With an artistic eye and creative plan, Uhrmann relates that she intentionally sought to have every element of the park interconnecting and flowing into each other. This not only stresses symmetry and design, but it also shows off the almost magical element to the memorial. The memorials very shape was inspired by the Congressional Medal of Honor. “If you are flying overhead in a helicopter, you can see the shape. It’s amazing,” Uhrmann enthuses.

The park holds several memorials with the All Veteran’s Memorial Ceremonial Ground being the main complex. In the center is Mt. Olive’s original war monument, The STAR or Pentagon Platform, The Presidents Preamble Stage, Bill of Rights Wall, the Charlie Johnson Memorial Gazebo, The North Star Seating Area, the Spiritual Cenotaph, the Warrior Obelisk Monument, the POW/Remembrance Wall, and the War Dog Memorial.

Mt. Olive’s Original War Monument was donated by World War II Veteran, John Planker. Honoring Mount Olive’s local fallen heroes, the inscription reads, “Erected in Grateful Tribute to the Men and Women of Mount Olive Township Who Faithfully Served In The Armed Forces of Our Country.” Originally it had been located at Budd Lake and dedicated in 1968. The monument found a proper home at the All Veteran’s Memorial in 2000.

The STAR or Pentagon Platform is designed to resemble the U.S. Pentagon.  It designates the five branches of service that are equally divided: Army, Navy, Air Force, Coast Guard, and Marines. Pavers note the honorary military service of all who have served. The platform then flows into the Global War on Terror Memorial Bridge which honors New Jersey’s fallen.


The bridge then connects the VALOR Bar, or Presidential Preamble Stage, paying tribute to all United States Presidents and their civil service. The Bill of Rights Wall displays templates of the first ten Bill of Rights Amendments that were ratified by Congress.

The Charlie Johnson Memorial Gazebo was built to honor the memory of Mt. Olive resident and former Mayor, Charles H “Charlie” Johnson. Serving as a Sergeant in the Air Force 9th Division in World War II, Johnson was awarded the Distinguished Flying Cross and Air Force Medal for his service to his country.

The NorthStar Seating Area was built by the Home Depot and Karl Meier. Dedicated to New Jersey Gold Star Mothers and those who lost a loved one during war, the comfortable area is designed to give a sense of peace.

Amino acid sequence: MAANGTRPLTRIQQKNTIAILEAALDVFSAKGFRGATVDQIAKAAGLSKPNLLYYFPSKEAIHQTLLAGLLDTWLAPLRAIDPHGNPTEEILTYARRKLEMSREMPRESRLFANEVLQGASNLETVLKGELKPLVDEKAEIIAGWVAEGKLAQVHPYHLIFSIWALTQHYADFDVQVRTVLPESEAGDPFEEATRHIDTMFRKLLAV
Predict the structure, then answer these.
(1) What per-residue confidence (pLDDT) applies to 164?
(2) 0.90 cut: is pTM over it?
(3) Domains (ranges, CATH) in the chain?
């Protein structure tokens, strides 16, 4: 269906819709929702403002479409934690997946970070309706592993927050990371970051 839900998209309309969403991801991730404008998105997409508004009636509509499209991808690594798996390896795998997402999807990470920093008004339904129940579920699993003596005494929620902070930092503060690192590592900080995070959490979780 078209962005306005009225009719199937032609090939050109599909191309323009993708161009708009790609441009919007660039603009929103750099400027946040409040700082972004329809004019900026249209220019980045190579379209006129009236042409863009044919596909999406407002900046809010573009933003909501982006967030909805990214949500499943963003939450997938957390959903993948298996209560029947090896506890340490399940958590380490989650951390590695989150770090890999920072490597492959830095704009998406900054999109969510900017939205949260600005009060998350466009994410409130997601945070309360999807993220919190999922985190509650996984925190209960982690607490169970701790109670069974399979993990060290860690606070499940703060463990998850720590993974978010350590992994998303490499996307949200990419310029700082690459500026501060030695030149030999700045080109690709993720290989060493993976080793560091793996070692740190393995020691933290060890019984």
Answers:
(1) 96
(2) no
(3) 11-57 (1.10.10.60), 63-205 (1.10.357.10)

Designed and funded by Eagle Scout Eric Wood, Uhrmann describes the Spiritual Cenotaph as something that “entombs every spiritual book of authority from every religion of our service members. It symbolizes the faiths and beliefs of all the fallen soldiers out there.”

The Warrior Obelisk Monument represents the four consequences of war: Missing in Action, Killed in Action, Wounded in Action, and Prisoner of War. it honors those who have suffered for American’s very liberty.

The POW Remembrance Wall was designed by Uhrmann, funded and sponsored by Peter King, and painted by world-renowned artist Doron Viner.

With every element the AVM creates, Uhrmann researches it all. “I learn so much,” she asserts. “Take for example, our Presidents Preamble. It isn’t just a laundry list of all the United States Presidents, we include the events that the particular president is famous for, famous quotes, and more.”

With so much, she takes great pains to make sure that all of the information is not overwhelming to visitors and is easily understood. “If you are visiting the Bill of Rights Wall for example, each amendment is separated. That way people are not only reading, but they are also completely focused,” Uhrmann says. “One visitor told me that this was the first time she had ever read the Bill of Rights in its entirety before. I love seeing the parents and children visiting the park and seeing parents explain everything. It really opens up a conversation between them.”